Introduction to GBA+

Assumptions at work

Let’s briefly examine the design and implementation of an immigrant integration program that focuses on integrating refugees into the workforce. This program employs the same approach for all refugees, regardless of gender, culture or religion.

Consider a family that immigrates to Canada as government-sponsored refugees. Before arriving to Canada as a refugee family, the father/husband was the “breadwinner” and provider for the family, and the mother/wife was the primary caregiver and stayed home with their children. He has had difficulty finding work in Canada, while she has started a successful business and is now the primary financial provider and supporter for the family.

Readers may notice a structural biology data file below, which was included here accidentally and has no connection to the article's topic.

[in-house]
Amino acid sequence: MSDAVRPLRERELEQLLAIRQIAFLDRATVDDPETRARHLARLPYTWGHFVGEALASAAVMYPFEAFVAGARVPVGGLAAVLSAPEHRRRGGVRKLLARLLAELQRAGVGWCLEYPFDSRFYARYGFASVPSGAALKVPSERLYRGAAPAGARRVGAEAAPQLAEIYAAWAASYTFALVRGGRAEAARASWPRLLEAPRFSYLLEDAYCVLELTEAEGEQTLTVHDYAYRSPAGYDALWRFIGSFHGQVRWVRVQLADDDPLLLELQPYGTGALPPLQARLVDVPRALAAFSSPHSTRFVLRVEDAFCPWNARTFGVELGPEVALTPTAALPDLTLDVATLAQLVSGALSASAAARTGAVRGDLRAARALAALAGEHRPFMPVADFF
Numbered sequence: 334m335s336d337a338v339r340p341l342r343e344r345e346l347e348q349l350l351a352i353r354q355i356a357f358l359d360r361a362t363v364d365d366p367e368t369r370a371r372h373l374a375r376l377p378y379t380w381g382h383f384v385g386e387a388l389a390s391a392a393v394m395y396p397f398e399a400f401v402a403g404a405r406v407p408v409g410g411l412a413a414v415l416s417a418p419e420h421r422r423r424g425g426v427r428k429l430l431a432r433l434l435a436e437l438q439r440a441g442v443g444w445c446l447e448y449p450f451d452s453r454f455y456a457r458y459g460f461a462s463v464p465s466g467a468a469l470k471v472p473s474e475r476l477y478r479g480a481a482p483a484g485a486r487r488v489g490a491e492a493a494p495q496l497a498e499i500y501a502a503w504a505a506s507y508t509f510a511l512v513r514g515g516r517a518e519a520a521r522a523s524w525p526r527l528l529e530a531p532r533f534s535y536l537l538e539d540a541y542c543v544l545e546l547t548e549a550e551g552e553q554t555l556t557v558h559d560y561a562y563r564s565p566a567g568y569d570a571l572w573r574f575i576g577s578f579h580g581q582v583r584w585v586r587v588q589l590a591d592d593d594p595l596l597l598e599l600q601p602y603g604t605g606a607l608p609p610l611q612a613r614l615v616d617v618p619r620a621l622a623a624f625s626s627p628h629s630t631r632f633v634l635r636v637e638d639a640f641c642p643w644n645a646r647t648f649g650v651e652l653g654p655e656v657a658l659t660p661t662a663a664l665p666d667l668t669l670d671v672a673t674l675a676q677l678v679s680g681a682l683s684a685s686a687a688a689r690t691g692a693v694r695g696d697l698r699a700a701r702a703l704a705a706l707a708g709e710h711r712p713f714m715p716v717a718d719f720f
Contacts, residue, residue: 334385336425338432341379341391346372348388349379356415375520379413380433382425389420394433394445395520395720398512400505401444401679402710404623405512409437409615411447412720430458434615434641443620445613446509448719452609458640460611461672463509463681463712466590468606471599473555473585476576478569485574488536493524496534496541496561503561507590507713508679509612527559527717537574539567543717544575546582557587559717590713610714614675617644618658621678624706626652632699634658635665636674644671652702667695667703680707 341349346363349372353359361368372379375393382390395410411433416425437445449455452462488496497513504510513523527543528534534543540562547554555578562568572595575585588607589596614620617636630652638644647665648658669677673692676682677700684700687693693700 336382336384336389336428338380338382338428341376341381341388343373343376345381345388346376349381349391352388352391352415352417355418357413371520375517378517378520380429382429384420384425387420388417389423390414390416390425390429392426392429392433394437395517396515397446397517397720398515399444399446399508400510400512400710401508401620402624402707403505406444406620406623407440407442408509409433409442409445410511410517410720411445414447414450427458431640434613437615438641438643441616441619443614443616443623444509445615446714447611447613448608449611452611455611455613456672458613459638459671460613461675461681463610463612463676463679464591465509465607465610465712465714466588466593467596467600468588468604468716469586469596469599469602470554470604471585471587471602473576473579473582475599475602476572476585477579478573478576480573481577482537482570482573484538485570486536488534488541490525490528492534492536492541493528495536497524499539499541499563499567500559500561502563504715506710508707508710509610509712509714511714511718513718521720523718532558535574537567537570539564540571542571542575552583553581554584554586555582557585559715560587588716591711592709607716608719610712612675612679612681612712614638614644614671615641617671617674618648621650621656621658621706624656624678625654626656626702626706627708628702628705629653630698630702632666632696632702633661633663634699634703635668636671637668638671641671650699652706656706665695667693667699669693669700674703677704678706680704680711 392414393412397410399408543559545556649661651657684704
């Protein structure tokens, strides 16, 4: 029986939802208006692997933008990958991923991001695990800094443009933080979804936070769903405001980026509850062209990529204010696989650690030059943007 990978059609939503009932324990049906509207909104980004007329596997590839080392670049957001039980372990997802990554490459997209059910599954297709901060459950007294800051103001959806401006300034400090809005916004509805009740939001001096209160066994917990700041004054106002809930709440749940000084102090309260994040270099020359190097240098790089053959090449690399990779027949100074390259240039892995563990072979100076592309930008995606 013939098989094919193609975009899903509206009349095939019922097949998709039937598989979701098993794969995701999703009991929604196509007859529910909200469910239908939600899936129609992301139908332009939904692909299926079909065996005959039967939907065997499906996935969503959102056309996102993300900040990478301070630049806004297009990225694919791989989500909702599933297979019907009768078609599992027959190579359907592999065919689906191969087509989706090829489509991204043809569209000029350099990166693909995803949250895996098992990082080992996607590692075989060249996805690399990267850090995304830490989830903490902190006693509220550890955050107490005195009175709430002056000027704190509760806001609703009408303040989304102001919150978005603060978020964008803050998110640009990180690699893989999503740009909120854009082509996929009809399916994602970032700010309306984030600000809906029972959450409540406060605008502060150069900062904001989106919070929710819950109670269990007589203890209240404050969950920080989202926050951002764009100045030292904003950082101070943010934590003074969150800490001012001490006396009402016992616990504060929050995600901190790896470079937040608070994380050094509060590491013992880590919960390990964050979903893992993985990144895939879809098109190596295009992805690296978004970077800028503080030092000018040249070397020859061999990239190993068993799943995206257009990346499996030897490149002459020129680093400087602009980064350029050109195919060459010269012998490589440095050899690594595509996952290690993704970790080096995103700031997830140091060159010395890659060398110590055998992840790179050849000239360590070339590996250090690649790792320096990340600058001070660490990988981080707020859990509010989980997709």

The situation may create tension in the family, as the role reversal creates financial independence for the woman, which may be quite different for the family. This may affect the male members of the family, both positively and negatively, depending on the family-context. Some may become isolated, sad, depressed, and lonely, while others may embrace new roles, and see opportunities for their daughters. Some may experience a combination of both reactions.

What assumptions do we have about the roles of men and women in relation to their participation in the workforce? Have the potential cultural implications of role reversal been considered in the design and implementation of the integration program? Have refugee communities been consulted about the government’s approach? Could the potential negative impacts and tensions be mitigated? What might be done to help diminish the tension in the family, and to ensure increased workforce participation.

The assumptions we make as individuals can affect both our work and the policies we develop as public servants by unintentionally privileging or disadvantaging different groups.

In developing policies and programs, it is critical that we not only recognize our biases and assumptions but also understand and challenge them.